I had the pleasure of catching singer-songwriter WAFIA in a rare live performance in the opening slot for Ta-Ku’s Boiler Room set earlier this year. As well as premiering her lead single ‘Heartburn’ she performed some titillating covers including Jackson 5’s ‘I Want You Back’. With Ta-Ku being very particular about selecting people to bring into his creative fold, it is at the very least indicative of her potential. Her career to this point has also been similarly selective, only showing us her talents on features with Ta-Ku and Japanese Wallpaper since 2012. And, after a painstaking two years, sieving her best material down into five tracks, she has released XXIX through Future Classic.
She has a wide berth of pop, R&B and folk, which whilst may stand as a daunting prospect, she negates it with clever and sparing use of instrumentation adding both sophistication and mystery to her music. This minimalist approach is oversaturating in contemporary music, with a lot of imitators and musicians styling instead of writing, but WAFIA cuts through with genuine musicianship and intriguing songwriting.
It may be a lofty comparison to draw, but her vocals are instantly infectious and she uses multiple vocal hooks to sustain the listener’s attention in a similar vein to pop tycoon Lorde, particularly on tracks like ‘Untitled’.
Whilst the quality is strong across the five tracks, XXIX ultimately revolves around lead single ‘Heartburn’, which reached number one on the Hype Machine charts, but more impressively has garnered the approval of Pharrell; holding down rotation on his Apple Music radio show. The irresistible samplings are hallmarks of a Ta-Ku production and gracefully, give WAFIA the perfect platform to write a radio-worthy tune.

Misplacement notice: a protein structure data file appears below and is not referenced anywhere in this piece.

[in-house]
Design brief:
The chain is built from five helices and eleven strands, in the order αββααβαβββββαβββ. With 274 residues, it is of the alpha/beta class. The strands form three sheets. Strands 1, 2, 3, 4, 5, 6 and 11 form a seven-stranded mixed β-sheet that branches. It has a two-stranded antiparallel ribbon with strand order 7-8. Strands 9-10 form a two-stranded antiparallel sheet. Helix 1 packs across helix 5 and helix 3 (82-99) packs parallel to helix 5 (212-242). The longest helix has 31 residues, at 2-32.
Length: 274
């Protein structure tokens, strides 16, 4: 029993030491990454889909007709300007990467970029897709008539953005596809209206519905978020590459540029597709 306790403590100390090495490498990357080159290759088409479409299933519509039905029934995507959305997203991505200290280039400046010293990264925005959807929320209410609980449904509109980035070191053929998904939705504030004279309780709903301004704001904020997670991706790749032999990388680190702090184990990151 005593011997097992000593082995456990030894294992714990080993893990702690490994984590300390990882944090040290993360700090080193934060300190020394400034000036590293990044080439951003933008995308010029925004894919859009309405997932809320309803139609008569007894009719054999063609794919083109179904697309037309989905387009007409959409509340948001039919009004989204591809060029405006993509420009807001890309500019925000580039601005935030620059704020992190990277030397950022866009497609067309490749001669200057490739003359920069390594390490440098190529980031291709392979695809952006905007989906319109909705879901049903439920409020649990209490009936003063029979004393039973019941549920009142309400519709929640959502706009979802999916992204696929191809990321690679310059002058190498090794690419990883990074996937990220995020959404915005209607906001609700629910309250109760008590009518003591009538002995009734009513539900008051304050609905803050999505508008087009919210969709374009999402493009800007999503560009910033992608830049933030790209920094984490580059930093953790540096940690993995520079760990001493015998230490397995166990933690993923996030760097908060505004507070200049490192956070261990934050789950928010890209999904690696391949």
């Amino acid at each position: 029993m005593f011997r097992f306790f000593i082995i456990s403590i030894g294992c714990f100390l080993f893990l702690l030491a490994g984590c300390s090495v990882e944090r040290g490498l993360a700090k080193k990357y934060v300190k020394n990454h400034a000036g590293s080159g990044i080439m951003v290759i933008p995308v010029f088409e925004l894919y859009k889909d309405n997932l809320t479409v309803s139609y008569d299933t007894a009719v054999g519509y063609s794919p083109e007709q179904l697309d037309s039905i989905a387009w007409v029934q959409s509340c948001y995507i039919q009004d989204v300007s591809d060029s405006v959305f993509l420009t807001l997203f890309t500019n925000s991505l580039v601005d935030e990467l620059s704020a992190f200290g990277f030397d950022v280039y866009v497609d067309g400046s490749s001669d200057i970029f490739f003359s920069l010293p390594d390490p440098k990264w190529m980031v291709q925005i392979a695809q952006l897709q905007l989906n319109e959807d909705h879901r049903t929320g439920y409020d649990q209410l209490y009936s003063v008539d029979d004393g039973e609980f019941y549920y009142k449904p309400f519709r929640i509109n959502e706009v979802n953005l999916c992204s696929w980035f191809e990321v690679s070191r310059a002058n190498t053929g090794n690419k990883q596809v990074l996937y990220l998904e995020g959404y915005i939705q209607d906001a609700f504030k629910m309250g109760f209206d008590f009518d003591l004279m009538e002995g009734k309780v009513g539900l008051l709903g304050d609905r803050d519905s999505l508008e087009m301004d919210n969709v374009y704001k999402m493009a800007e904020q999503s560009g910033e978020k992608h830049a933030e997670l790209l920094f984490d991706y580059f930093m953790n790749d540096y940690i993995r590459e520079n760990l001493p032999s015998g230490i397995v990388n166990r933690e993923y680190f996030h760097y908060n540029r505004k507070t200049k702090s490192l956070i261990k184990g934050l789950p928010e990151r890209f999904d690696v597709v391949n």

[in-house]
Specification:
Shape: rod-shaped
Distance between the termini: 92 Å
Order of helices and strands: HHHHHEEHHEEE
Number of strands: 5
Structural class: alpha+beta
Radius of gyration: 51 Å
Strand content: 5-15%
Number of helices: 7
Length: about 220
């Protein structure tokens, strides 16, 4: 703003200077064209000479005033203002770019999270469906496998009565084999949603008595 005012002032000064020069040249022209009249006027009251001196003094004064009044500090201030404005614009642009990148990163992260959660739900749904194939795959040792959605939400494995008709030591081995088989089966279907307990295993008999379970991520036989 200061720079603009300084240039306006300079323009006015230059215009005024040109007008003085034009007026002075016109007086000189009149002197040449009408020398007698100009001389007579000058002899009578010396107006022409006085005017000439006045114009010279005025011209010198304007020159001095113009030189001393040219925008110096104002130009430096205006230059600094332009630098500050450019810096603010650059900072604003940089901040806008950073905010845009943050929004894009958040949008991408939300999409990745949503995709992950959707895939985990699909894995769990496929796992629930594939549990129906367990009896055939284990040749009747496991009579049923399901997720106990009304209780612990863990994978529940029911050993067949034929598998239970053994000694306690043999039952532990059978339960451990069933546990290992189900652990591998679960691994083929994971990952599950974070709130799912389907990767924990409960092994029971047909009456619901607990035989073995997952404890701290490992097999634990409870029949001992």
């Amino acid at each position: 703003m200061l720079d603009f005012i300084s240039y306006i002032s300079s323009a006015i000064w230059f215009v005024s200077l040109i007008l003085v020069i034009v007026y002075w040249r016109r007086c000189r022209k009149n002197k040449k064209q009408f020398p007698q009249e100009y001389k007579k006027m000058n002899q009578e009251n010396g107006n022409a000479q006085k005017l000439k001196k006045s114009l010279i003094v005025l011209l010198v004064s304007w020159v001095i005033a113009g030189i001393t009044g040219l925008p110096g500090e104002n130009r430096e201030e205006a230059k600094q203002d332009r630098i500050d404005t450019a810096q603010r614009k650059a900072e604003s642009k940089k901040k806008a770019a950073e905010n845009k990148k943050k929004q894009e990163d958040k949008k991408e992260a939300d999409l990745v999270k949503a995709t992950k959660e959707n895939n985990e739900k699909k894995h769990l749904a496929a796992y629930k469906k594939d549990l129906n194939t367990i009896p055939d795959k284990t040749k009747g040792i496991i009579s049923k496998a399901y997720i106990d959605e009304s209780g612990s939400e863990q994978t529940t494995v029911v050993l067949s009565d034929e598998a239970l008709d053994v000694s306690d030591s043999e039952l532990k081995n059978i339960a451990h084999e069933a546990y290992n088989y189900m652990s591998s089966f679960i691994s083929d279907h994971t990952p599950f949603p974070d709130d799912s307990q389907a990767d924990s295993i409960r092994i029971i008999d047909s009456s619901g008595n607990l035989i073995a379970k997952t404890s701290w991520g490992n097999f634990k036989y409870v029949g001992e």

Even the naming of XXIX has a thoughtful metaphor behind it. It is, of course, the Roman numeral for 29, the atomic number for copper. In an interview with The Brisbane Times she explained, “Copper signifies change as it is a transitional metal, in a state of change. In the rain it will oxidise, put it under flames and it turns green, it changes and adapts to the situations it is put under. It’s a metaphor for the state of change I’m in and I felt like that made a lot of sense.”
The concluding track ‘Fading Through’ reveals the most emotive vocals from WAFIA in conjunction with equally ethereal vocals from Vancouver Sleep Clinic. The crisp electronica subsides into a more intimate folk moment, which is so beautiful it almost seems like a tragedy that the EP is so agonisingly short.
It may be a short undertaking, but XXIX is a bright glimpse into the next wave of Australian musicians peeping through the underground.